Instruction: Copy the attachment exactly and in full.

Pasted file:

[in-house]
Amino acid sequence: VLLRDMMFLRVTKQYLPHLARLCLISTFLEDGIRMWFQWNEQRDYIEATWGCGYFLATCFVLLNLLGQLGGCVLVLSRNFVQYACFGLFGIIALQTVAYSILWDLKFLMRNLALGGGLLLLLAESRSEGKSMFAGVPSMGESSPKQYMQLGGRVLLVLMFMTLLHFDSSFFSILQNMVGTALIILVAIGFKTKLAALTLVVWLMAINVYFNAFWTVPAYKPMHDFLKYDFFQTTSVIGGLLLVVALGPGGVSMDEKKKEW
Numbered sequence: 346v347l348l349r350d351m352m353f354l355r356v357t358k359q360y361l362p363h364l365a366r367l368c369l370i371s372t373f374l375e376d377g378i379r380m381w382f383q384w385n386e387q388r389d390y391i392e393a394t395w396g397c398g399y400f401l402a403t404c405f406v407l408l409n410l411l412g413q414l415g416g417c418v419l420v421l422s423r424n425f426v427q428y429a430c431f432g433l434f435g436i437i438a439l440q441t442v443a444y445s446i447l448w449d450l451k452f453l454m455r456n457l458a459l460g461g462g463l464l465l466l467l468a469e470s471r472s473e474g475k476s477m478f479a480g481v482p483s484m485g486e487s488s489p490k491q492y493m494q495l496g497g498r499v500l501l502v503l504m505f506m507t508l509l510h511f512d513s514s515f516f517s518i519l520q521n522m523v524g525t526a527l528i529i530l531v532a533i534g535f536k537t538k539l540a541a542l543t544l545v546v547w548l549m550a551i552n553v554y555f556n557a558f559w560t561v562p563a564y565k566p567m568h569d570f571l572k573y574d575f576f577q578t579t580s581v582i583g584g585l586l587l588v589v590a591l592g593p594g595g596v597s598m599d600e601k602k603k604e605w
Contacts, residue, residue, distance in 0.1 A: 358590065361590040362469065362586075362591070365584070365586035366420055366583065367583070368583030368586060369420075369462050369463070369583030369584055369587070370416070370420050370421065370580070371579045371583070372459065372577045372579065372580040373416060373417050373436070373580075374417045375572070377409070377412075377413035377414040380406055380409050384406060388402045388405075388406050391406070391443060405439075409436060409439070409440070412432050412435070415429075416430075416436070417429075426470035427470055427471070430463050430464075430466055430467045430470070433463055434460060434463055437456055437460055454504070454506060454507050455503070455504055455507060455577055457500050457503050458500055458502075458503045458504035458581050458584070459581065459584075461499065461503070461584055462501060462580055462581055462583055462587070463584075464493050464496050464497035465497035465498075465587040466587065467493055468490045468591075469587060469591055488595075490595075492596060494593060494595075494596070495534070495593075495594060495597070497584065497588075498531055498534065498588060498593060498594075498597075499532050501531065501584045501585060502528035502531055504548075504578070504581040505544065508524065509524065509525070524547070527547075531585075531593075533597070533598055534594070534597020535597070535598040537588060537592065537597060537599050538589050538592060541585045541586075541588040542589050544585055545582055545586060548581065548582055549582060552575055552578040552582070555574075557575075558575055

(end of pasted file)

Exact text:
[in-house]
Amino acid sequence: VLLRDMMFLRVTKQYLPHLARLCLISTFLEDGIRMWFQWNEQRDYIEATWGCGYFLATCFVLLNLLGQLGGCVLVLSRNFVQYACFGLFGIIALQTVAYSILWDLKFLMRNLALGGGLLLLLAESRSEGKSMFAGVPSMGESSPKQYMQLGGRVLLVLMFMTLLHFDSSFFSILQNMVGTALIILVAIGFKTKLAALTLVVWLMAINVYFNAFWTVPAYKPMHDFLKYDFFQTTSVIGGLLLVVALGPGGVSMDEKKKEW
Numbered sequence: 346v347l348l349r350d351m352m353f354l355r356v357t358k359q360y361l362p363h364l365a366r367l368c369l370i371s372t373f374l375e376d377g378i379r380m381w382f383q384w385n386e387q388r389d390y391i392e393a394t395w396g397c398g399y400f401l402a403t404c405f406v407l408l409n410l411l412g413q414l415g416g417c418v419l420v421l422s423r424n425f426v427q428y429a430c431f432g433l434f435g436i437i438a439l440q441t442v443a444y445s446i447l448w449d450l451k452f453l454m455r456n457l458a459l460g461g462g463l464l465l466l467l468a469e470s471r472s473e474g475k476s477m478f479a480g481v482p483s484m485g486e487s488s489p490k491q492y493m494q495l496g497g498r499v500l501l502v503l504m505f506m507t508l509l510h511f512d513s514s515f516f517s518i519l520q521n522m523v524g525t526a527l528i529i530l531v532a533i534g535f536k537t538k539l540a541a542l543t544l545v546v547w548l549m550a551i552n553v554y555f556n557a558f559w560t561v562p563a564y565k566p567m568h569d570f571l572k573y574d575f576f577q578t579t580s581v582i583g584g585l586l587l588v589v590a591l592g593p594g595g596v597s598m599d600e601k602k603k604e605w
Contacts, residue, residue, distance in 0.1 A: 358590065361590040362469065362586075362591070365584070365586035366420055366583065367583070368583030368586060369420075369462050369463070369583030369584055369587070370416070370420050370421065370580070371579045371583070372459065372577045372579065372580040373416060373417050373436070373580075374417045375572070377409070377412075377413035377414040380406055380409050384406060388402045388405075388406050391406070391443060405439075409436060409439070409440070412432050412435070415429075416430075416436070417429075426470035427470055427471070430463050430464075430466055430467045430470070433463055434460060434463055437456055437460055454504070454506060454507050455503070455504055455507060455577055457500050457503050458500055458502075458503045458504035458581050458584070459581065459584075461499065461503070461584055462501060462580055462581055462583055462587070463584075464493050464496050464497035465497035465498075465587040466587065467493055468490045468591075469587060469591055488595075490595075492596060494593060494595075494596070495534070495593075495594060495597070497584065497588075498531055498534065498588060498593060498594075498597075499532050501531065501584045501585060502528035502531055504548075504578070504581040505544065508524065509524065509525070524547070527547075531585075531593075533597070533598055534594070534597020535597070535598040537588060537592065537597060537599050538589050538592060541585045541586075541588040542589050544585055545582055545586060548581065548582055549582060552575055552578040552582070555574075557575075558575055